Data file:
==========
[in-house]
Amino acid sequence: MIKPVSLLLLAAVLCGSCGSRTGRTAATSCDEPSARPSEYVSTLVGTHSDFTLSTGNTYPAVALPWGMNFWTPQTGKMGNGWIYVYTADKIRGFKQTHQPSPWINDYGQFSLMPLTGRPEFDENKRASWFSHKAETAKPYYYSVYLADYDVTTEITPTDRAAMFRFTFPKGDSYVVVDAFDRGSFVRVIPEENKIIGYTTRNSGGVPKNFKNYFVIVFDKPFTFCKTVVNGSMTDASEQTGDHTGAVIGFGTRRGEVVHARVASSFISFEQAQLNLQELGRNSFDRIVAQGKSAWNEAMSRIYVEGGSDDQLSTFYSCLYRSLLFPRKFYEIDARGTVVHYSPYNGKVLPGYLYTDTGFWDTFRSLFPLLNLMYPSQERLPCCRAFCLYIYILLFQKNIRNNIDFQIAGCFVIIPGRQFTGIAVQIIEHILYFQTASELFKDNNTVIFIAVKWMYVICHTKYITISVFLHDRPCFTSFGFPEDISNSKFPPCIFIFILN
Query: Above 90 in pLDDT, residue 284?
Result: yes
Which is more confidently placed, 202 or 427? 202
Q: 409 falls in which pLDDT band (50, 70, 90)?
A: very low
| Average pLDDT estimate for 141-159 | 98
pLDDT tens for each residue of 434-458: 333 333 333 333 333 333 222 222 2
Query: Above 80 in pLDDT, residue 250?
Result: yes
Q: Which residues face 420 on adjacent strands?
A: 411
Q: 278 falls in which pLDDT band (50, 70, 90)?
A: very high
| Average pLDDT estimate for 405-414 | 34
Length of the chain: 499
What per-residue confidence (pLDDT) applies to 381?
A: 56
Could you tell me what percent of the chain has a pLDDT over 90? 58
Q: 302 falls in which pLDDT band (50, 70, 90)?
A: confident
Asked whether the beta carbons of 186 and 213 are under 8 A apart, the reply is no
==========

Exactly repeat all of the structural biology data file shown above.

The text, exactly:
[in-house]
Amino acid sequence: MIKPVSLLLLAAVLCGSCGSRTGRTAATSCDEPSARPSEYVSTLVGTHSDFTLSTGNTYPAVALPWGMNFWTPQTGKMGNGWIYVYTADKIRGFKQTHQPSPWINDYGQFSLMPLTGRPEFDENKRASWFSHKAETAKPYYYSVYLADYDVTTEITPTDRAAMFRFTFPKGDSYVVVDAFDRGSFVRVIPEENKIIGYTTRNSGGVPKNFKNYFVIVFDKPFTFCKTVVNGSMTDASEQTGDHTGAVIGFGTRRGEVVHARVASSFISFEQAQLNLQELGRNSFDRIVAQGKSAWNEAMSRIYVEGGSDDQLSTFYSCLYRSLLFPRKFYEIDARGTVVHYSPYNGKVLPGYLYTDTGFWDTFRSLFPLLNLMYPSQERLPCCRAFCLYIYILLFQKNIRNNIDFQIAGCFVIIPGRQFTGIAVQIIEHILYFQTASELFKDNNTVIFIAVKWMYVICHTKYITISVFLHDRPCFTSFGFPEDISNSKFPPCIFIFILN
Query: Above 90 in pLDDT, residue 284?
Result: yes
Which is more confidently placed, 202 or 427? 202
Q: 409 falls in which pLDDT band (50, 70, 90)?
A: very low
| Average pLDDT estimate for 141-159 | 98
pLDDT tens for each residue of 434-458: 333 333 333 333 333 333 222 222 2
Query: Above 80 in pLDDT, residue 250?
Result: yes
Q: Which residues face 420 on adjacent strands?
A: 411
Q: 278 falls in which pLDDT band (50, 70, 90)?
A: very high
| Average pLDDT estimate for 405-414 | 34
Length of the chain: 499
What per-residue confidence (pLDDT) applies to 381?
A: 56
Could you tell me what percent of the chain has a pLDDT over 90? 58
Q: 302 falls in which pLDDT band (50, 70, 90)?
A: confident
Asked whether the beta carbons of 186 and 213 are under 8 A apart, the reply is no